I don't know if all music grooves, but I think it depends on the musicians. If I listen to free jazz, such as that played by Ali and Coltrane, I can hear a groove. But the groove is different to what one would get on a Motown recording.

I feel as well that the more one's ears are trained to hear complexities in polyrhythmic and music with longer complex rhythmic repetitive patterns, such as in Indian music, it can help to recognise groove.

Of course now there is a whole terminology in drumming related to one aspect of the wider world of groove. This is found in R&B style music. But looking at the subject with a wider perspective can help broaden what is becoming a rather narrow minded view. At least to me. Groove and pocket is not the sole property of R&B.
 

BillRayDrums

New member
Whatever it is that you play, it should have some feeling to it. Even death metal has to have some sort of grooviness to it.

I equate playing a groove with other musicians to one car towing another with a rope- too much tension, the front car drags. Too little tension, you get a very jerky ride in the rear car. Keep the tension right in the middle and you get a smooth ride all the way.
 

Multibomber

New member
THeres certain music that is based on total chaos. Music like Blood Brothers or black metal such as Emperor. A lot of extreme metal is about complete chaos with bouts of "rest," not necessarily groove. Here's an example: http://profile.myspace.com/index.cfm?fu ... D=84219933 Click on "In The Wordless Chamber" ... its pretty much pure chaos. Now listen to "Curse You All Men." It actually has a bit of groove.

I think that people who play this kind of music, are going for the opposite of an obvious groove, more like you have to really think and listen to catch it. Kinda the same way how wine conneseurs enjoy the fact that expensive, complex wine is disgusting to most.

Heres an example of extreme metal with a VERY nice groove (and a 40 pc. orquestra: http://www.myspace.com/dimmuborgir click on "Progenies Of The Great Apocalypse." Kind of like the cabernet savignon of extreme music.
 

Multibomber

New member
Oh yeah, and basically any band who's name on their logo looks like :IUE//FUIR\\|~B}\FI:FE??//S||A|\T`!A|\N will be trying their best for no groove.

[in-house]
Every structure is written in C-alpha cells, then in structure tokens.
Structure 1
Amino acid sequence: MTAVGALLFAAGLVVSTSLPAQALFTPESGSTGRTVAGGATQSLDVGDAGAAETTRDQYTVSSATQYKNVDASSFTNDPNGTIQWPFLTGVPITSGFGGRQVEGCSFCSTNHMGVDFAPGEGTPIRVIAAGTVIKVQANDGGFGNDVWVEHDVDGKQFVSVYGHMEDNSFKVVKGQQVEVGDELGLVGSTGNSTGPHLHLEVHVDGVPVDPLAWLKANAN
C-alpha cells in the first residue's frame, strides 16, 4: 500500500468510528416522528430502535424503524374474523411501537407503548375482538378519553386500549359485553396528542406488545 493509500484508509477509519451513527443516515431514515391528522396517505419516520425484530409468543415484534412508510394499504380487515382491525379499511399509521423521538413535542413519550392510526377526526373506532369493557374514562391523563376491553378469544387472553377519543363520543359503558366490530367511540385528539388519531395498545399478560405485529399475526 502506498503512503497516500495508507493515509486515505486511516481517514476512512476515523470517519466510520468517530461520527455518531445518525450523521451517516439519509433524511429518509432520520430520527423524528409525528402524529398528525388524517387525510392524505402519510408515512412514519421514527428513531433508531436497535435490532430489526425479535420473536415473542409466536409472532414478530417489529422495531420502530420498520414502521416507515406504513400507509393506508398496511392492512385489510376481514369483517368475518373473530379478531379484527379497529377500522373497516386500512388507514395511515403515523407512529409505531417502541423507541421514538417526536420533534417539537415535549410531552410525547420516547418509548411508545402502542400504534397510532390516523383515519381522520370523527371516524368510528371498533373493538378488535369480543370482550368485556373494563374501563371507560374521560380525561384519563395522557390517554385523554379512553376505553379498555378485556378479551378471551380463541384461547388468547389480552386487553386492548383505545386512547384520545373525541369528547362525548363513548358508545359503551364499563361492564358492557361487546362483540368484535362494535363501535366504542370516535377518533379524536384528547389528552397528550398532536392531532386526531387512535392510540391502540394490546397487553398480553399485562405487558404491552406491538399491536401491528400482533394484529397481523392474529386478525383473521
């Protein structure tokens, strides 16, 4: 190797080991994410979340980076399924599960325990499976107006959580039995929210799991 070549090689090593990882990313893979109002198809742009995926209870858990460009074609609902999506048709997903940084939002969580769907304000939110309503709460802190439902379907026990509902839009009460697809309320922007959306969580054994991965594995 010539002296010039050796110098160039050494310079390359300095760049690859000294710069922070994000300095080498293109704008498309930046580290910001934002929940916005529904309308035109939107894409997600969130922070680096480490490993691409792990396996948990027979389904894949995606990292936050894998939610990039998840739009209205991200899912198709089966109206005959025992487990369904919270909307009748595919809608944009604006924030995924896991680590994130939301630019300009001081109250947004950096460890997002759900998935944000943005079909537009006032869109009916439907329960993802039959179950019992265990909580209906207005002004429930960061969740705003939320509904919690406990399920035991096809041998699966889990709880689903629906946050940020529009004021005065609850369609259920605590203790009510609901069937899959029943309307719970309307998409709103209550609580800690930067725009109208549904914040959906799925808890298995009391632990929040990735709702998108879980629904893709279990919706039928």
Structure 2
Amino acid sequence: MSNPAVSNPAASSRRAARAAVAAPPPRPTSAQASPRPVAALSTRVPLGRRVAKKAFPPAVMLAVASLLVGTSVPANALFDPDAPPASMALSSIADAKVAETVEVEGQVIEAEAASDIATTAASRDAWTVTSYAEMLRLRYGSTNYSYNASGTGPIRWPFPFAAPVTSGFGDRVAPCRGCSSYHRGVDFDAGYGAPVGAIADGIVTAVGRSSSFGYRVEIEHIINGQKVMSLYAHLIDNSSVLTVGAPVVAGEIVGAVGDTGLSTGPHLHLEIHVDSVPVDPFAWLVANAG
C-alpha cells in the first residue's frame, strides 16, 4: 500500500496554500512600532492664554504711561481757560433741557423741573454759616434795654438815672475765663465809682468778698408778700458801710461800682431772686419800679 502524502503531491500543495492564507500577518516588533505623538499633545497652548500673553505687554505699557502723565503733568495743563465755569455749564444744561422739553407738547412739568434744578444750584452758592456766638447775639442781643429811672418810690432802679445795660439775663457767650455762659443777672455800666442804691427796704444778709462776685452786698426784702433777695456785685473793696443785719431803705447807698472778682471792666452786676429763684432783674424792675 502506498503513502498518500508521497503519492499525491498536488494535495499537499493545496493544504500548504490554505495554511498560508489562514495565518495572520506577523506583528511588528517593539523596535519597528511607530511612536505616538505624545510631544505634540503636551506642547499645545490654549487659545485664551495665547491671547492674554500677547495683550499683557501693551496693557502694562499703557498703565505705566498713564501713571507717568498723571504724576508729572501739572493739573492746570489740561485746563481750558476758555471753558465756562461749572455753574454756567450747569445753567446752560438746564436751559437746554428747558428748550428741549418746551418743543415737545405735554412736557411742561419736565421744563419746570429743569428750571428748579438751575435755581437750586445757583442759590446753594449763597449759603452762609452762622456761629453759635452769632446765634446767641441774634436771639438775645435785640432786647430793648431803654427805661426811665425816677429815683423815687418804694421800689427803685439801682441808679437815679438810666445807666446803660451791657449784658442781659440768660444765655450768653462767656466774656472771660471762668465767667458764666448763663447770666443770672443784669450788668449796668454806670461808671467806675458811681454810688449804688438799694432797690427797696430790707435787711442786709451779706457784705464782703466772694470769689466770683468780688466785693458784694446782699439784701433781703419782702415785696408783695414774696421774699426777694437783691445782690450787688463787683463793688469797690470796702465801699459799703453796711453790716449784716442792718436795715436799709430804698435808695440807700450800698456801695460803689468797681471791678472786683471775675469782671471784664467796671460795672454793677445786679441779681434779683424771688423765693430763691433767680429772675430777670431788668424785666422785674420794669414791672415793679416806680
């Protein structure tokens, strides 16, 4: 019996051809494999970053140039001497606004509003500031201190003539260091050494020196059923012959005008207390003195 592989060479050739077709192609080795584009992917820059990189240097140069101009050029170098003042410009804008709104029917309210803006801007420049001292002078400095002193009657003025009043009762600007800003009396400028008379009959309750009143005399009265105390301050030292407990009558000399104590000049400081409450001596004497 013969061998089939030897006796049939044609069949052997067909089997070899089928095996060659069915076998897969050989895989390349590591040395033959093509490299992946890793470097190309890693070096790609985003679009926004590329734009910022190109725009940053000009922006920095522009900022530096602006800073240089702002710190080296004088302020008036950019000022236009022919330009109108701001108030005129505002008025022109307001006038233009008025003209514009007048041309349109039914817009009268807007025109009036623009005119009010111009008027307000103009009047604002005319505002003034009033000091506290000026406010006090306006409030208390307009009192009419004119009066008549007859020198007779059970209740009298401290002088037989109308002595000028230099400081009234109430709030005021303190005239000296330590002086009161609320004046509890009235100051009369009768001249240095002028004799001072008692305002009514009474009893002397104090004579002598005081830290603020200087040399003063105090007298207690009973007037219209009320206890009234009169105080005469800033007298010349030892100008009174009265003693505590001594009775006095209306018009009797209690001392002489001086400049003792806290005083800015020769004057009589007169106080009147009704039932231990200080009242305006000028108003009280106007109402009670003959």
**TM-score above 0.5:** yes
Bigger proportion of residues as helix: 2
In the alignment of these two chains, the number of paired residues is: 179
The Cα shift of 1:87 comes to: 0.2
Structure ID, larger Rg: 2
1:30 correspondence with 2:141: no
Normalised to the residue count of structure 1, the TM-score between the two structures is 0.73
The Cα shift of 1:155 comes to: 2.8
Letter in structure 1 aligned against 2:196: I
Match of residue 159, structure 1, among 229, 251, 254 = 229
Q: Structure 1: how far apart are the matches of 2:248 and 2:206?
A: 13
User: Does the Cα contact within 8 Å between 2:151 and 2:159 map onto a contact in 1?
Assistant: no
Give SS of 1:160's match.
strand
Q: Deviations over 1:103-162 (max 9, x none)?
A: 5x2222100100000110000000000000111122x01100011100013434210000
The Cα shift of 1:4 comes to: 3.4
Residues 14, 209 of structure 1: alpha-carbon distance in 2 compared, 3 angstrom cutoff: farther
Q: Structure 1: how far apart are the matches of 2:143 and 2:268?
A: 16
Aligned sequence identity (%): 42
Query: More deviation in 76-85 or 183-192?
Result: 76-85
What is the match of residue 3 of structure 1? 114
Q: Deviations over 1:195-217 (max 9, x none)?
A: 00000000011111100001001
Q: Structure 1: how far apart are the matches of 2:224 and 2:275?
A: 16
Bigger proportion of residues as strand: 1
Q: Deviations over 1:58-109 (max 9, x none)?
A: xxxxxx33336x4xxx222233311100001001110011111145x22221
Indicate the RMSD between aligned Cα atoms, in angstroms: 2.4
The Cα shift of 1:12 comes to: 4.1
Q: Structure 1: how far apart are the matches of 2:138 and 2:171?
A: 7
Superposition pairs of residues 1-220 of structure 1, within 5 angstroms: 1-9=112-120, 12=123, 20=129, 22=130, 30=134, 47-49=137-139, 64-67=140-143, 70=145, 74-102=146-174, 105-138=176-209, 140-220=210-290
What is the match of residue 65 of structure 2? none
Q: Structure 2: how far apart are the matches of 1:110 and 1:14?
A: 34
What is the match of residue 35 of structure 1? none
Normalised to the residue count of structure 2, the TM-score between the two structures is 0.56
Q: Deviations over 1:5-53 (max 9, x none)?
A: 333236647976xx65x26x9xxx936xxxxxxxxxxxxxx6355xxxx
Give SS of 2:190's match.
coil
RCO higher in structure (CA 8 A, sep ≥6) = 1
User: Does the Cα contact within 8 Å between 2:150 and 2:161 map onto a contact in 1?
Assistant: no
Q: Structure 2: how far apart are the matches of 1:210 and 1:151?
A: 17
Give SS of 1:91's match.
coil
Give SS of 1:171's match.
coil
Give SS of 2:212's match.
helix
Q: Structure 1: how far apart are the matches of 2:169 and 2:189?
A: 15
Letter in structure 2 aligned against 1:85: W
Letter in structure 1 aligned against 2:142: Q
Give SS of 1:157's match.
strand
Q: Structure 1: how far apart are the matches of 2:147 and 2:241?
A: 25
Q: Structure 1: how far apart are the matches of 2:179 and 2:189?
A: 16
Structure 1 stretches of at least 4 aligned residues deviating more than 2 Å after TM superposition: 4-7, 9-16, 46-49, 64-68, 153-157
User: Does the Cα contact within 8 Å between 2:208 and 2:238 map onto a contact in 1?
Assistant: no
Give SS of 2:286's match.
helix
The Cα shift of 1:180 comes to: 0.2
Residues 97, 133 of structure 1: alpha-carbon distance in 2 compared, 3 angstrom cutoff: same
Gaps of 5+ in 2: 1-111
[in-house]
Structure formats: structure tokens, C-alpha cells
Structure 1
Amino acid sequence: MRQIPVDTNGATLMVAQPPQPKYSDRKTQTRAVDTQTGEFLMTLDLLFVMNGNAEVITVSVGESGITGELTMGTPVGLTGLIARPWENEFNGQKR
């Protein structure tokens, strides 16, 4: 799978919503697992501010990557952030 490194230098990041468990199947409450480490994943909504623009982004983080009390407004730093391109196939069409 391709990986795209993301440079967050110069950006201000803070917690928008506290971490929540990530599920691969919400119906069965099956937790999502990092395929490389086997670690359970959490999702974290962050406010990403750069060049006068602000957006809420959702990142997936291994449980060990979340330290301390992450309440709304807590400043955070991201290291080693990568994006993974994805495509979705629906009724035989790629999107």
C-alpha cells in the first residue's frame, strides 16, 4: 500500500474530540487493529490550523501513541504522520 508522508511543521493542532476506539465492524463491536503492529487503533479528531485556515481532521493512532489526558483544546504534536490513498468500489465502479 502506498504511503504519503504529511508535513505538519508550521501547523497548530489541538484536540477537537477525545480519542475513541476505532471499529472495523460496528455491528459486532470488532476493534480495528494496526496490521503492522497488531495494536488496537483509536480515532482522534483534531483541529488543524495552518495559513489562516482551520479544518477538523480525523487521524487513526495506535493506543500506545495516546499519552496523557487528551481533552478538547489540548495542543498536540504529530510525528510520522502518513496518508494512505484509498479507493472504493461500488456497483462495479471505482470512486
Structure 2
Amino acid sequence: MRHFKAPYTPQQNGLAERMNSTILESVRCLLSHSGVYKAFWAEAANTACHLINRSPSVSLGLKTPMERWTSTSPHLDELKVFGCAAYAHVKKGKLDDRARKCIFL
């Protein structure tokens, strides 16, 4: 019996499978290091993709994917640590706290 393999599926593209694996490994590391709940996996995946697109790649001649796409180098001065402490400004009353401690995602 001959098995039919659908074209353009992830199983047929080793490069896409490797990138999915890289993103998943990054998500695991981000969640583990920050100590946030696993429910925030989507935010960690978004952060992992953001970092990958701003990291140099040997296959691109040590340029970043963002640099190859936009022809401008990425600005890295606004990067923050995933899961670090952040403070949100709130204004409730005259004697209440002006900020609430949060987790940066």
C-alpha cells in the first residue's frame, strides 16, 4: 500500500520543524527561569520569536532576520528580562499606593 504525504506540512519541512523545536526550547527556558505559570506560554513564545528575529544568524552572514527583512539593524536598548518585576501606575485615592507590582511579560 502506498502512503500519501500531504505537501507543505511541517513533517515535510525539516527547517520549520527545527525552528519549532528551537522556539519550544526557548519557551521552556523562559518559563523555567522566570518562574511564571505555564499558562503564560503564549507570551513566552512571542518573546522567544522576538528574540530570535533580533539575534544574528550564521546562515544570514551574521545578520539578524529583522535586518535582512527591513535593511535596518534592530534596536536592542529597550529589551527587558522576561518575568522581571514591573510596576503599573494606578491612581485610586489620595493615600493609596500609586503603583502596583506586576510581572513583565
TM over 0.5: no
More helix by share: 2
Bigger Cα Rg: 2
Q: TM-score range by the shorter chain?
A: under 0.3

Corpse paint makes me laugh everytime I see it, lol!
 

Chaos Machine

New member
I prefer to listen to music that is so busy that it lacks groove, mainly to further my ability to do the same thing. Bands like Necrophagist,Cryptopsy ect. However I've found that no matter what time signature one is playing in, one will always find "groove" in it. If not, a riff would only last a couple of seconds or so to keep the irratic (sp) nature of the piece being played...DAMN YOU GROOVE!
 

SmellsLikeIan

New member
Dale said:
If one listens to Thrust it's pretty obvious that the music grooves heavily without a 2 and 4 beat.

I assume you're referring to Herbie Hancock & the Headhunter's Mike Clark here. MONSTROUS groove. Billy Martin from Medeski, Martin, & Wood also grooves like crazy, while playing with the time every now and then and pushing and pulling the beat here and there. After listening to the tracks recommended by multibomber by emporer, I must say that they groove also. If you put a metronome to them, it will probably synch up. However, not all grooving music synchs up with a click. It's all a matter of the drummer's feel. A good drummer can twist time all around and still make it groove.
 

RobDrmz

New member
All music GROOVES, it just depends on the feel and how strong it is.

For example, when I was 19 I was a Punk Rock drummer PUSHING the beat.
Now I've got 10yrs. as a P-Funk Cat PULLING the beat back.

Some people don't like to be pushed. Like they say:

'FUNK IS IT"S OWN REWARD'